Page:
In my friend’s rendition and answer, I found myself so refreshed, intrigued and curious about the many benefits of HIS why that mine didn’t seem to carry gladly. When HE used why, he primed himself less to analyze something compared to its potential or someone else, but instead uncovered great gems such as “what for?” “What good might it do us? How could we utilize it? How could this become a gift, if we pair it with other things and get creative?”
Picasso, by the way, painted in blue (according to my high school Art History teacher) not because he was sad, but because he was poor and blue paint was cheaper. (A cite for this in today’s internet wasn’t forthcoming, but the NYTimes is onto Picasso’s love for less expensive materials, noting that he was one of the first artists to switch from typical artist’s paint to the cheaper, more ubiquitous house paint. A different kind of why indeed.)
These days, in my practice of innovation methodologies, consulting, and complex problem solving, this span of “Whys” adds a huge range of new potential juice to exercises like The Five Whys, or even dialog in companies about “why” we do what we do.
One take on “why,” the diagnostic “why,” takes us deeper into an historic root, an internal root cause, an examination of cause and effect, typically from a “past,” “always,” “objective,” “fixed,” “scientific,” “testable,” or “externally validated” point of view.
This why SEEMS more fixed and credible at the outset, though in reality there are many situations in complex problem solving where we don’t ever get to know the full information, and where we relearn again and again that even the history we’re all agreed on as true turns out to have second, third, fourth dimensions as others involved with a particular decision or workflow add in their perspective or story.
In other words, the diagnostic “why” seems immediately delightful and drawing for its certainty — when, in reality, frequently this certainty turns out to be partial (or, worse yet, silently misleading or false).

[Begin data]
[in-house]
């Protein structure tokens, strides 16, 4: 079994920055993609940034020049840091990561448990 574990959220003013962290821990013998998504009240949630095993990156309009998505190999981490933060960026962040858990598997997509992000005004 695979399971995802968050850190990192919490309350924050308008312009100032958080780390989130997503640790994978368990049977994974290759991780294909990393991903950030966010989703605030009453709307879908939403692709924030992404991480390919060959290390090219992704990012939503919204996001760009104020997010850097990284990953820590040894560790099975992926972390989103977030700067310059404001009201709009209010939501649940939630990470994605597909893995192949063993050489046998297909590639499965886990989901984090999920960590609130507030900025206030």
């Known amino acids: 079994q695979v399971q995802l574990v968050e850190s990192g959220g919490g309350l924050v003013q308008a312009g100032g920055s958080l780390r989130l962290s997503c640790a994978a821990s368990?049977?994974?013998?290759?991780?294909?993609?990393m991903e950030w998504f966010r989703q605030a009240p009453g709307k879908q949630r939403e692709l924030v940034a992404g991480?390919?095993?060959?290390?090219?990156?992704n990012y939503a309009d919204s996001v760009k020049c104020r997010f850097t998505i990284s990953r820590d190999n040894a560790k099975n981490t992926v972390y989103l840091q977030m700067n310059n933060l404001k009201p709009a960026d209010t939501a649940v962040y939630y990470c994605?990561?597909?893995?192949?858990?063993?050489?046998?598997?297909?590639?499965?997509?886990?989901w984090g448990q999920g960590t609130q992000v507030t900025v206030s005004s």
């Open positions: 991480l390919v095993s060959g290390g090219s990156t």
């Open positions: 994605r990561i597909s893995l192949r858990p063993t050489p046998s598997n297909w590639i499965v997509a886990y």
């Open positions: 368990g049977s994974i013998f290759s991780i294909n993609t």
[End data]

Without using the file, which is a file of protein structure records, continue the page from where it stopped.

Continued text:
This second type of “why,” however, a kind of why that asks, “to what end?” or “for what use?” — can ground us in the present and bubble up interesting hypotheses about the utility, motivations, benefits, extra perks, usability, advantages, or hidden reasons for existence of A Thing, without tending to go so far into the past. My friend’s reason “why” our feet draw up water not only gave him a cool brain fact to share, but made him wildly more confident at climbing on the rocks than I was – as it almost certainly had, for him, since a young age – and in doing so inspired him to practice more.
This “why” can give us awareness of superpowers we already possess, confidence, excitement to practice, and a cool inside scoop on the way things already work that we can pass along to new colleagues and friends.
It’s subjective and personal, perhaps, but it owns that subjectivity — the second you test it and disprove it, you’re still in active dialog with a present-day process, not caught in deep discomfort arguing over history with a fixed perspective while data’s no longer pulling for your side.
Next time you ask why, or find yourself spooling (United States of American-style) for a diagnostic and peace-makingly Certain explanation when someone ELSE asks you why, try letting go of this one definition in favor of the other.
Where could one versus the other lead you over the next 6-12 months?